HMS Protector is joining the search for an Argentine Navy submarine that has been out of contact for days.

On the 17th of November 2017 it was announced that San Juan had not been heard from for over 48 hours and that search and rescue operations had been launched some 200 nautical miles southeast of San Jorge Gulf.

The contact was lost when the submarine was en route from the Ushuaia naval base to the Mar del Plata base.

Argentine Navy spokesman Enrique Balbi told a news conference:

“We have not been able to find, or have visual or radar communication with the submarine.”

Protocol in the Argentine Navy dictates that a submarine must come to the surface if communication is lost.

The submarine entered service on 19 November 1985. Her mid-life update was carried out in Argentina between 2008 and 2013.

The last known position of the sub is believed to be off the south-eastern Valdez peninsula.

There are at least 44 people on board the missing submarine. Among them is Argentina’s first female submarine officer, Eliana María Krawczyk.

A NASA P-3 Orion equipped with a magnetometer, gravimeter, and other sensors, was redirected from Operation Ice Bridge to aid in the search and the United Kingdom offered assistance in the form of a C130 Hercules based in the Falkland Islands.

The US Navy was also sending a P-8 currently in El Salvador on Saturday, November 18, 2017.

 

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dadsarmy
dadsarmy
3 years ago

“Protocol in the Argentine Navy dictates that a submarine must come to the surface if communication is lost.”

There is a storm in the area, 45mph winds, so perhaps the sub is staying dowin in calmer waters till the storm abates. Let’s hope so.

george
george
3 years ago

amazing ship but why are we helping Argentina

Jack
Jack
3 years ago

There are quite a few assets in the region now, we can only hope a positive result is achieved.
What is worrying is the maintenance standards in the Argentine Navy seem to be poor, as has been reported by ukdj from time to time.
https://www.nbcnews.com/news/world/argentina-unsure-whether-signals-came-missing-submarine-n822336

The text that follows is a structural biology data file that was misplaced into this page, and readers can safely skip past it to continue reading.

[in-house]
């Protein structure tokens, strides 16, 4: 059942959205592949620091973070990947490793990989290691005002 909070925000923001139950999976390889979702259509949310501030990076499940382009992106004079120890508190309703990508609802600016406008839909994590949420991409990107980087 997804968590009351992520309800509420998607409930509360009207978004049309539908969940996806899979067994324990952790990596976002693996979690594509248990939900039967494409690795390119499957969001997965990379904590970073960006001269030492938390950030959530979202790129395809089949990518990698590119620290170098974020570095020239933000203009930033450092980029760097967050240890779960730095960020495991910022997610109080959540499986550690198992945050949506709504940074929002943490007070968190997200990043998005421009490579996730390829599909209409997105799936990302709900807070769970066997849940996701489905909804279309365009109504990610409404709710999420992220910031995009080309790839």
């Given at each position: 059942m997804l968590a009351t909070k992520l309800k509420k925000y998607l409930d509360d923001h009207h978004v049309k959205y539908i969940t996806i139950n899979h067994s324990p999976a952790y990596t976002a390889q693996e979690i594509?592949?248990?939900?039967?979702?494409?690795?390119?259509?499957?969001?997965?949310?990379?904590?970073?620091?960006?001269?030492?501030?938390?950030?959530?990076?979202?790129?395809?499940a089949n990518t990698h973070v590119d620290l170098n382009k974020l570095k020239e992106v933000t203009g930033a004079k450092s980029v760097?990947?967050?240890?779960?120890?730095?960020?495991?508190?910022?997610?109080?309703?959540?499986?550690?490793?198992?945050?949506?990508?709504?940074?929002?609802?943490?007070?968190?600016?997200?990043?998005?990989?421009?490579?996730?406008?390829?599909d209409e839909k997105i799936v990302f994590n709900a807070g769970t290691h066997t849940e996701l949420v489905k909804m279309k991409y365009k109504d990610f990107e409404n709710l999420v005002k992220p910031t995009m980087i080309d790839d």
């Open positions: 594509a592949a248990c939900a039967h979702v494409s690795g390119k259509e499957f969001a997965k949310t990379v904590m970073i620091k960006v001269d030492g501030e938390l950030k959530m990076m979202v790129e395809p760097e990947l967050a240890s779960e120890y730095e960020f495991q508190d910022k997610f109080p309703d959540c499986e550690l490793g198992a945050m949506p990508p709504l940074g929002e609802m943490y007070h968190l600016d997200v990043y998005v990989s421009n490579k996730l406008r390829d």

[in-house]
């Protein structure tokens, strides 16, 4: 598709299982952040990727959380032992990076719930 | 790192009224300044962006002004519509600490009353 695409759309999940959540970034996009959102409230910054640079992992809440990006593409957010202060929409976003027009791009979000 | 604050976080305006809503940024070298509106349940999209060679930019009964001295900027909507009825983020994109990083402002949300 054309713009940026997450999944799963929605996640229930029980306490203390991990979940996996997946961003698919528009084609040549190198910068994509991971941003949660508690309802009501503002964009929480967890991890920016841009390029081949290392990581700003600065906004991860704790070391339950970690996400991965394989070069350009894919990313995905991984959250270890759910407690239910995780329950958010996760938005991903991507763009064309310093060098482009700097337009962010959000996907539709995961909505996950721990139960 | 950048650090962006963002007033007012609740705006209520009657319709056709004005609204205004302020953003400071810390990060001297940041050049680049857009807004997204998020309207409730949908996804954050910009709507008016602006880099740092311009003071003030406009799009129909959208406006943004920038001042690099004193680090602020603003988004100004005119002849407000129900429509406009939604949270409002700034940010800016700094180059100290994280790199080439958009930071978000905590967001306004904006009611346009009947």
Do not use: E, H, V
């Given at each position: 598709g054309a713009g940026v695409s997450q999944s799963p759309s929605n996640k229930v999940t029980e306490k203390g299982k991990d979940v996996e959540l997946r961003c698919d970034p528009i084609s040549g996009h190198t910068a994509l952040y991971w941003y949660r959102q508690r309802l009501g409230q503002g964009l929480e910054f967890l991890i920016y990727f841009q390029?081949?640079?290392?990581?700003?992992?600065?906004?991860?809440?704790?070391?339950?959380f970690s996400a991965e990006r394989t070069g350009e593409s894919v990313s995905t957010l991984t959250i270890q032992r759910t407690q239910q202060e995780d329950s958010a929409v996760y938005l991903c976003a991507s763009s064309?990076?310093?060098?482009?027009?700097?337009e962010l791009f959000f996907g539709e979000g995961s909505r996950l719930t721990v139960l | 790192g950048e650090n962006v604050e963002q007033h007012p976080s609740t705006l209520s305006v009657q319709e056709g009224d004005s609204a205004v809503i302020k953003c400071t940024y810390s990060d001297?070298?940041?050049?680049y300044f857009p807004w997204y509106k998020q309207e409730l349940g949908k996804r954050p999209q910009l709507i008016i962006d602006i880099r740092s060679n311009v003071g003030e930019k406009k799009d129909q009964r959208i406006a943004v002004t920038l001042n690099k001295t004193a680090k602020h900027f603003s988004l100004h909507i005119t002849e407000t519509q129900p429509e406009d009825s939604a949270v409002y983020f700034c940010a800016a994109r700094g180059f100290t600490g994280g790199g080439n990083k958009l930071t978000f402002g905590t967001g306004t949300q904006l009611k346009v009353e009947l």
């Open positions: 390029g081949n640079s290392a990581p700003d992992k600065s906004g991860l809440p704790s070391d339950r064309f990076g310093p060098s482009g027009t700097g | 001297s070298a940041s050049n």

Mike Saul
Mike Saul
3 years ago

Given that it’s over 30 years old and the endurance of diesel electric submarines is limited to days in sub surface operations I would say the chances of a successful conclusion to this incident are very remote.

The state of the Argentine military is currently very poor and they pose little threat to the Falklands islanders.

Daniele Mandelli
Daniele Mandelli
3 years ago

I guess it would take too long to get NSRS down there?
If it was flown down from Prestwick on a C17 what ship could take it?

Harry Nelson
Harry Nelson
3 years ago

I’m sure the US system has been deployed?

Daniele Mandelli
Daniele Mandelli
3 years ago
Reply to  Harry Nelson

Yes I read.

David Steeper
3 years ago

With all the publicity over the last few months about the state of their equipment why on earth did they send a sub this far away from port ? Madness. Hope they’re found but either way someone should raise hell about the maniac who ordered this.

Mike Saul
Mike Saul
3 years ago

It is being reported that the last message from the submarine indicated that had suffered a major mechanical failure/breakdown.

Chances of finding anyone alive are now extremely remote.

Mark L
Mark L
3 years ago

Does anyone know why there were so many on board – training or something? I believe the normal crew is 26, but 44 were on board. Given the probable current state of maintenance given Argentinas situation might this have been asking too much of the submarine?

Nick Bowman
Nick Bowman
3 years ago

The Chilean Navy has a couple of Scorpene-class boats. They are more than likely the most capable submarine detection assets in the region…

Jameson
Jameson
3 years ago
Reply to  Nick Bowman

If we are lucky there is a t45 down there

Paul
Paul
3 years ago
Reply to  Jameson

Sorry, but I’m fairly certain that a T45 would be of no use in searching for a small submarine.

clive
clive
3 years ago

After so much time it is not looking as if this situation will have a good outcome.